Iran's Yadavaran Oilfield Output at 115,000 bpd

Yadavaran is part of the fields in the West Karun oil block.Yadavaran is part of the fields in the West Karun oil block.

Use of natural gas for producing goods/services with higher value added such as production of electricity and petrochemicals makes more economic sense than the mere export of this fossil fuel, says Energy Minister Hamid Chitchian.

"Profits from exporting natural gas, especially via pipeline, are on the decline. Exporting electricity and other products with higher value-added is apparently more viable," Chitchian was quoted as saying by Mehr News Agency on Tuesday.

Pointing to Iran's substantial infrastructure for electricity export to Pakistan, Turkey, Iraq, Afghanistan, Azerbaijan and Armenia, Chitchian said signing simultaneous gas and electricity supply contracts with (overseas) buyers is a "wrong policy", adding that there should be "coordination between the oil and energy ministries in power and energy exports."

According to Chitchian, neighboring countries are understandably "more interested in importing gas at low prices and convert it into electricity as it is more profitable than importing power."

The minister recalled that gas exports mean laying pipelines at exorbitant costs, especially in Iran whose national gas grid, aka IGAT, is yet to be fully completed. Nevertheless, power exports involve lower levels of risk and higher profit.

"There is no (standard) international pricing mechanism for natural gas as the price is set regionally because of varying transportation costs. Supply costs are normally covered by exporters."

Revenues from electricity export are more sustainable than those from oil and gas, Bahram Nezamolmolki, director general of the Energy Ministry's Office for Developing Export of Technical and Engineering Services, said, noting that "power prices are less dependent on the fluctuations" in the price of oil and gas in global markets.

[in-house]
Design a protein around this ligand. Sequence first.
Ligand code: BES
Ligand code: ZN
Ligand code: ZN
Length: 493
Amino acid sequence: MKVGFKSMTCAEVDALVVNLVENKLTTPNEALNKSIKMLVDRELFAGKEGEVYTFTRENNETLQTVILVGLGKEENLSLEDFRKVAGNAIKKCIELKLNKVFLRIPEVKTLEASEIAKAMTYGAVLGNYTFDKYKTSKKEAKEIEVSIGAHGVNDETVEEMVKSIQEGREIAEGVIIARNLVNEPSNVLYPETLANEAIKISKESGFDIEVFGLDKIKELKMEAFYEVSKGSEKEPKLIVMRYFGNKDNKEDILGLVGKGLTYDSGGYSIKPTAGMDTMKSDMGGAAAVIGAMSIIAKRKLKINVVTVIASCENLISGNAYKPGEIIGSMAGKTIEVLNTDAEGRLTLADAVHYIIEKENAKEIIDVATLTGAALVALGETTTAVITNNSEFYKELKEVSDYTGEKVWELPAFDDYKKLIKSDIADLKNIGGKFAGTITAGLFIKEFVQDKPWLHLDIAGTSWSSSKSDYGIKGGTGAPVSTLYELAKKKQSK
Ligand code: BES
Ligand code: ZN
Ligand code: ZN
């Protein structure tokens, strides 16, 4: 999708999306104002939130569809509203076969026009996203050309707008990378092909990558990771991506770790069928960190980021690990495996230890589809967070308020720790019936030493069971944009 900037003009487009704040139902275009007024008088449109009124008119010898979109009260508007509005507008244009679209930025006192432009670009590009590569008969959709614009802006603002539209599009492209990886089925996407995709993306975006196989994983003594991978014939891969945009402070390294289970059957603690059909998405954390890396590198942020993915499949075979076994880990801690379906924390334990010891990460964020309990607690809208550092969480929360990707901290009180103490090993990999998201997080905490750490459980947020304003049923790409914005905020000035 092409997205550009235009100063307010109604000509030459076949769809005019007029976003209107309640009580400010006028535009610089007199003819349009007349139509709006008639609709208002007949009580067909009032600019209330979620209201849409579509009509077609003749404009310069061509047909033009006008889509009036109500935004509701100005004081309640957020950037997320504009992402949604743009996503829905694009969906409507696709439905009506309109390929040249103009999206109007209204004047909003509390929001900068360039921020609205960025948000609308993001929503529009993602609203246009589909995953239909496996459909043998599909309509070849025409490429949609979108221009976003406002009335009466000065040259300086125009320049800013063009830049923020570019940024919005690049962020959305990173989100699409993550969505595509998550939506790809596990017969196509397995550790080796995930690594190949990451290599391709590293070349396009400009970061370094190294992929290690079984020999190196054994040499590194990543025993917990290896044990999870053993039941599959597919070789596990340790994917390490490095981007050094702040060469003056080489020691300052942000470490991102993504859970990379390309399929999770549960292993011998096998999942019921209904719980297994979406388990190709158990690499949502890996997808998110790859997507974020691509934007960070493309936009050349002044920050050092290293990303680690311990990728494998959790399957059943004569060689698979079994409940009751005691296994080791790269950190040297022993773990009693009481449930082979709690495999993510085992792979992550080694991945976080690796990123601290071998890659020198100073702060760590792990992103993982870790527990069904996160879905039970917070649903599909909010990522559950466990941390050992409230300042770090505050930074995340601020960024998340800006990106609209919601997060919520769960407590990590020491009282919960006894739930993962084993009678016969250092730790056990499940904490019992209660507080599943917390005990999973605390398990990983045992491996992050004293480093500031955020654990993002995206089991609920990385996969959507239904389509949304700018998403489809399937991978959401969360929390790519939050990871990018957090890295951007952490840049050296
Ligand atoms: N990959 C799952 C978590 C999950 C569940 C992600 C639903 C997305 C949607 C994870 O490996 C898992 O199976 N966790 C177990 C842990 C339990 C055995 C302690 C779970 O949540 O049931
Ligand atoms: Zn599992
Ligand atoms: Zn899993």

Cooperation Between Oil, Energy Ministries

"It is of importance for the oil and energy ministries to liaise on matters related to national interest, such as effective policy and decision making related to energy export," Nezamolmolki said. 

The official said over the past three years oil prices plummeted by more than half, dropping to around $50 per barrel from more than $100 a barrel in the middle of 2014. He added that a similar fate visited natural gas prices, which have suffered a nearly 40% decline in the past two years.

Nevertheless, electricity export prices never faced such huge vulnerability, slipping from 12 cents per kilowatt-hour to 10 cents per kWh in case of Iranian exports to Iraq.

Nezamolmolki said he does not expect oil and gas prices to surge dramatically in the foreseeable future, hence electricity export earnings make a lot of sense than the export of fossil fuels, for which reason the "power sector should be given a more prominent role in economic development."

According to Arash Kordi, managing director of Iran Power Generation, Distribution and Transmission Company, electricity export is forecast to more than double from the current 10 billion kilowatt-hours per year to 20-25 billion kWh per year by 2020. Iran's electricity industry ranks 14th in the world in terms of output and 19th in terms of consumption.

The country is the largest exporter and importer of electricity in the Middle East and exports power to Pakistan, Turkey, Iraq and Afghanistan. Azerbaijan and Armenia sell electricity to Iran under swap agreements.

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